“I believe in one God”: so we affirm at the beginning of the Creed. But then at once we go on to say much more than this. I believe, we continue, in one God who is at the same time three, Father, Son, and Holy Spirit. There is in God genuine diversity as well as true unity. The Christian God is not just a unit but a union, not just unity but community. There is in God something analogous to “society”. He is not a single person, loving himself alone, not a self-contained monad or “The One”. He is triunity: three equal persons, each one dwelling in the other two by virtue of an unceasing movement of mutual love. Amo ergo sum, “I love, therefore I am”

Why, then, believe in God as Trinity? [The] two most helpful ways of entry into the divine mystery are to affirm that God is personal and that God is love. Now both these notions imply sharing and reciprocity. First, a “person” is not at all the same as an “individual”. Isolated, self-dependent, none of us is an authentic person but merely an individual, a bare unit as recorded in the census. Egocentricity is the death of true personhood. Each becomes a real person only through entering into relation with other persons, through living for them and in them. There can be no man, so it has been rightly said, until there are at least two men in communication. The same is true, secondly, of love. Love cannot exist in isolation, but presupposes the other. Self-love is the negation of love. As Charles Williams shows to such devastating effect in his novel Descent into Hell, self-love is hell; for, carried to its ultimate conclusion, self-love signifies the end of all joy and all meaning. Hell is not other people; hell is myself, cut off from others in self-centeredness.

The doctrine of the Trinity was first articulated for the entire Church at the First Ecumenical Council in Nicaea in 325. The Nicene Creed affirmed what all Christians believe about the Trinity and its individual Persons:

We believe in one God, the Father Almighty, maker of all things visible and invisible; and in one Lord Jesus Christ, the Son of God, the only-begotten of his Father, of the substance of the Father, God of God, Light of Light, very God of very God, begotten (γεννηθέντα), not made, being of one substance (ὁμοούσιον, consubstantialem) with the Father. By whom all things were made, both which be in heaven and in earth. Who for us men and for our salvation came down [from heaven] and was incarnate and was made man. He suffered and the third day he rose again, and ascended into heaven. And he shall come again to judge both the quick and the dead. And [we believe] in the Holy Ghost. And whosoever shall say that there was a time when the Son of God was not (ἤν ποτε ὅτε οὐκ ἠν), or that before he was begotten he was not, or that he was made of things that were not, or that he is of a different substance or essence [from the Father] or that he is a creature, or subject to change or conversion—all that so say, the Catholic and Apostolic Church anathematizes them.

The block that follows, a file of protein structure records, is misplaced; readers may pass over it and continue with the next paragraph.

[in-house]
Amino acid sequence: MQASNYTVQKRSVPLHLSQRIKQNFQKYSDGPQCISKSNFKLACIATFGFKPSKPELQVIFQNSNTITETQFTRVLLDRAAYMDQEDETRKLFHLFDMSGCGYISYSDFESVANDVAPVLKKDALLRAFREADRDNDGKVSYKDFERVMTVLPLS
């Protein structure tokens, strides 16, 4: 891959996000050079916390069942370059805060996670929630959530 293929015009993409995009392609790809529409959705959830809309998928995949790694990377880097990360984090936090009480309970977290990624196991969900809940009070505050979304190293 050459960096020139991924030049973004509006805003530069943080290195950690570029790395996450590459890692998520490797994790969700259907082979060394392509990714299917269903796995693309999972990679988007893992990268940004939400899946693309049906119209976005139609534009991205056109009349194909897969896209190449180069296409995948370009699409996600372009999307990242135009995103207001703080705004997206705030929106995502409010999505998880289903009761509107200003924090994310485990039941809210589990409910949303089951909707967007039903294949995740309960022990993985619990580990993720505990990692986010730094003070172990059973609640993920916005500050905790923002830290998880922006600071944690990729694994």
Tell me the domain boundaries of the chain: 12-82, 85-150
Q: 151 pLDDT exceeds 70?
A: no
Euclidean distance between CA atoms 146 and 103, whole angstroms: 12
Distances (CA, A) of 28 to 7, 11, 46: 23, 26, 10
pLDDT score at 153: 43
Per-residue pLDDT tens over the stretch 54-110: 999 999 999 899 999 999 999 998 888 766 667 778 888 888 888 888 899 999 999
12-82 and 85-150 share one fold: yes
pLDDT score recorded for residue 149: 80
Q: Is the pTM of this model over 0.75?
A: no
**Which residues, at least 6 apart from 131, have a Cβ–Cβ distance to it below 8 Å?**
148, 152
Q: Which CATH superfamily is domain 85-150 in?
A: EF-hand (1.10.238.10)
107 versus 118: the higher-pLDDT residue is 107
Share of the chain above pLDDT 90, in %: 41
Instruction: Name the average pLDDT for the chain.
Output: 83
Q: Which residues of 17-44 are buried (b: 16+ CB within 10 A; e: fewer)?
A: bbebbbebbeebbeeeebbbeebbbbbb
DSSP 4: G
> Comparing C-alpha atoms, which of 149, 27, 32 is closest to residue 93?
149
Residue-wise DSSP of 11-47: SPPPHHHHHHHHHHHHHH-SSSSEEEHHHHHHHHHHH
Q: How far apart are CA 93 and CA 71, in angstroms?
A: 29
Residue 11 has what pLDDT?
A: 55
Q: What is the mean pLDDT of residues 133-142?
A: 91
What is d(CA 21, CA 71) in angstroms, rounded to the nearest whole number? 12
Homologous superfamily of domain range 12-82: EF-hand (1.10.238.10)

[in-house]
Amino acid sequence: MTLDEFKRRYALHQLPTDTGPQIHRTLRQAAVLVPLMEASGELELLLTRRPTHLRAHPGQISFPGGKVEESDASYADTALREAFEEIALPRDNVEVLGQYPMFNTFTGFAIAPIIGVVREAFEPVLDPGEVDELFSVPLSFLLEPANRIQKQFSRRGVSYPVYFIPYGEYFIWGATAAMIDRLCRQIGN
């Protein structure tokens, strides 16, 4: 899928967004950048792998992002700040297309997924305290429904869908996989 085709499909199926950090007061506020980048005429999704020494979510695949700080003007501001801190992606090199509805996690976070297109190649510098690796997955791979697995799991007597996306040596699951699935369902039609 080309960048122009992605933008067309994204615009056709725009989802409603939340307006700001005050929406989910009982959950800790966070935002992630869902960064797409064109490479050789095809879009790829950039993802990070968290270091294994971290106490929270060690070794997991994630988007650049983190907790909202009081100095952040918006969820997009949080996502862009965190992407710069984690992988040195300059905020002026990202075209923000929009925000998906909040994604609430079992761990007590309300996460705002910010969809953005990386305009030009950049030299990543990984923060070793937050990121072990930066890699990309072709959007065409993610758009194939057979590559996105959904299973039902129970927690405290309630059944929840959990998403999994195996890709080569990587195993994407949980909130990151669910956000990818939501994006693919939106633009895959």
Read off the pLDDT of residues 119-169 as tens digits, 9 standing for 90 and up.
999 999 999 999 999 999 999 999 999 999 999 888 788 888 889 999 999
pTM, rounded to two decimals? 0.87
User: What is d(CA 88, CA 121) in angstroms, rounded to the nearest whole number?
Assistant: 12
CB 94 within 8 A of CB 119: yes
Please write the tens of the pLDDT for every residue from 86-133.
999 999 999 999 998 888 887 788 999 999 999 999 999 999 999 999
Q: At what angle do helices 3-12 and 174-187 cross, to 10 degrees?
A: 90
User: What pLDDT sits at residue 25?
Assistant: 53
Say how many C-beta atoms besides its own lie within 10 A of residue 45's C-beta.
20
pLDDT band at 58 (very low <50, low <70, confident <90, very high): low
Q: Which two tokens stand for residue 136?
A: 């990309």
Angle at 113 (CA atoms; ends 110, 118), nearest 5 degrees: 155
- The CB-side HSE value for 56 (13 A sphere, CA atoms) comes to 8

The Creed was amended at the Second Ecumenical Council in Constantinople in 381, to affirm that the Lord's "Kingdom shall have no end" (a refutation of the heretical teaching of Marcellus of Ancyra) and affirmed the Holy Spirit:

And [we believe] in the Holy Ghost, the Lord and Giver-of-Life, who proceedeth from the Father, who with the Father and the Son together is worshipped and glorified, who spake by the prophets.

The earliest dogmatic theology that was undertaken within the united Church (i.e. prior to the East-West schism of 1054) that I am aware of is John of Damascus' An Exact Exposition of the Orthodox Faith, a work written in Greek in the 8th century. In it he includes a large section entitled, "Concerning the Holy Trinity", wherein he explains aspects of the relationship between the three Divine Persons:

[All] that the Son and the Spirit have is from the Father, even their very being: and unless the Father is, neither the Son nor the Spirit is. And unless the Father possesses a certain attribute, neither the Son nor the Spirit possesses it: and through the Father, that is, because of the Father’s existence, the Son and the Spirit exist, and through the Father, that is, because of the Father having the qualities, the Son and the Spirit have all their qualities, those of being unbegotten, and of birth and of procession being excepted. For in these hypostatic or personal properties alone do the three holy subsistences differ from each other, being indivisibly divided not by essence but by the distinguishing mark of their proper and peculiar subsistence.

Further we say that each of the three has a perfect subsistence, that we may understand not one compound perfect nature made up of three imperfect elements, but one simple essence, surpassing and preceding perfection, existing in three perfect subsistences. For all that is composed of imperfect elements must necessarily be compound. But from perfect subsistences no compound can arise. Wherefore we do not speak of the form as from subsistences, but as in subsistences4. But we speak of those things as imperfect which do not preserve the form of that which is completed out of them. For stone and wood and iron are each perfect in its own nature, but with reference to the building that is completed out of them each is imperfect: for none of them is in itself a house.

The subsistences then we say are perfect, that we may not conceive of the divine nature as compound. For compoundness is the beginning of separation. And again we speak of the three subsistences as being in each other, that we may not introduce a crowd and multitude of Gods. Owing to the three subsistences, there is no compoundness or confusion: while, owing to their having the same essence and dwelling in one another, and being the same in will, and energy, and power, and authority, and movement, so to speak, we recognise the indivisibility and the unity of God. For verily there is one God, and His word and Spirit.